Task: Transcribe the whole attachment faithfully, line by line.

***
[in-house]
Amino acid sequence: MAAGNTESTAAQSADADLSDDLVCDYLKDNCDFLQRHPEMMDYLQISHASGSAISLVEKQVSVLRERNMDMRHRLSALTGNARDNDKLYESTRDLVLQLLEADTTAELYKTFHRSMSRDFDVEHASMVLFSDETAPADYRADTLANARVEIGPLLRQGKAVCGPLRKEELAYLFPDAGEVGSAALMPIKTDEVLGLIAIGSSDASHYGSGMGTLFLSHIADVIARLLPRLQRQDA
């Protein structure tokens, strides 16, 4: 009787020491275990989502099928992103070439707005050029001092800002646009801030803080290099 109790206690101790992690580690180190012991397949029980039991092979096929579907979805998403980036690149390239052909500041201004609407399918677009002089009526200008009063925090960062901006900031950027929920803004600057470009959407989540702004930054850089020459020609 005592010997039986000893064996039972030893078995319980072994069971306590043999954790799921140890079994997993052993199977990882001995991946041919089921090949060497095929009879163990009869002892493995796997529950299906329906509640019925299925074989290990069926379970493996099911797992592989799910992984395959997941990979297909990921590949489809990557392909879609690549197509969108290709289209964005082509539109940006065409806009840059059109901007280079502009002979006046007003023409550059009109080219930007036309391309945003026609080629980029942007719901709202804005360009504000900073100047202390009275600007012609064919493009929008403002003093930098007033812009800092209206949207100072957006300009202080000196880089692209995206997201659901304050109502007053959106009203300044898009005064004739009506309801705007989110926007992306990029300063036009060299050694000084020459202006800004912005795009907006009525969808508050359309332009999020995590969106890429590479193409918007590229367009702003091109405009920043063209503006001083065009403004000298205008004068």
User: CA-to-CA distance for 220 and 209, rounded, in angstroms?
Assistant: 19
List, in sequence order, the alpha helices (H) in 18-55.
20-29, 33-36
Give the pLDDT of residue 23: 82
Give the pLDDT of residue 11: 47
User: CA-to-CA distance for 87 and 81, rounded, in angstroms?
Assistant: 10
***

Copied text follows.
[in-house]
Amino acid sequence: MAAGNTESTAAQSADADLSDDLVCDYLKDNCDFLQRHPEMMDYLQISHASGSAISLVEKQVSVLRERNMDMRHRLSALTGNARDNDKLYESTRDLVLQLLEADTTAELYKTFHRSMSRDFDVEHASMVLFSDETAPADYRADTLANARVEIGPLLRQGKAVCGPLRKEELAYLFPDAGEVGSAALMPIKTDEVLGLIAIGSSDASHYGSGMGTLFLSHIADVIARLLPRLQRQDA
């Protein structure tokens, strides 16, 4: 009787020491275990989502099928992103070439707005050029001092800002646009801030803080290099 109790206690101790992690580690180190012991397949029980039991092979096929579907979805998403980036690149390239052909500041201004609407399918677009002089009526200008009063925090960062901006900031950027929920803004600057470009959407989540702004930054850089020459020609 005592010997039986000893064996039972030893078995319980072994069971306590043999954790799921140890079994997993052993199977990882001995991946041919089921090949060497095929009879163990009869002892493995796997529950299906329906509640019925299925074989290990069926379970493996099911797992592989799910992984395959997941990979297909990921590949489809990557392909879609690549197509969108290709289209964005082509539109940006065409806009840059059109901007280079502009002979006046007003023409550059009109080219930007036309391309945003026609080629980029942007719901709202804005360009504000900073100047202390009275600007012609064919493009929008403002003093930098007033812009800092209206949207100072957006300009202080000196880089692209995206997201659901304050109502007053959106009203300044898009005064004739009506309801705007989110926007992306990029300063036009060299050694000084020459202006800004912005795009907006009525969808508050359309332009999020995590969106890429590479193409918007590229367009702003091109405009920043063209503006001083065009403004000298205008004068």
User: CA-to-CA distance for 220 and 209, rounded, in angstroms?
Assistant: 19
List, in sequence order, the alpha helices (H) in 18-55.
20-29, 33-36
Give the pLDDT of residue 23: 82
Give the pLDDT of residue 11: 47
User: CA-to-CA distance for 87 and 81, rounded, in angstroms?
Assistant: 10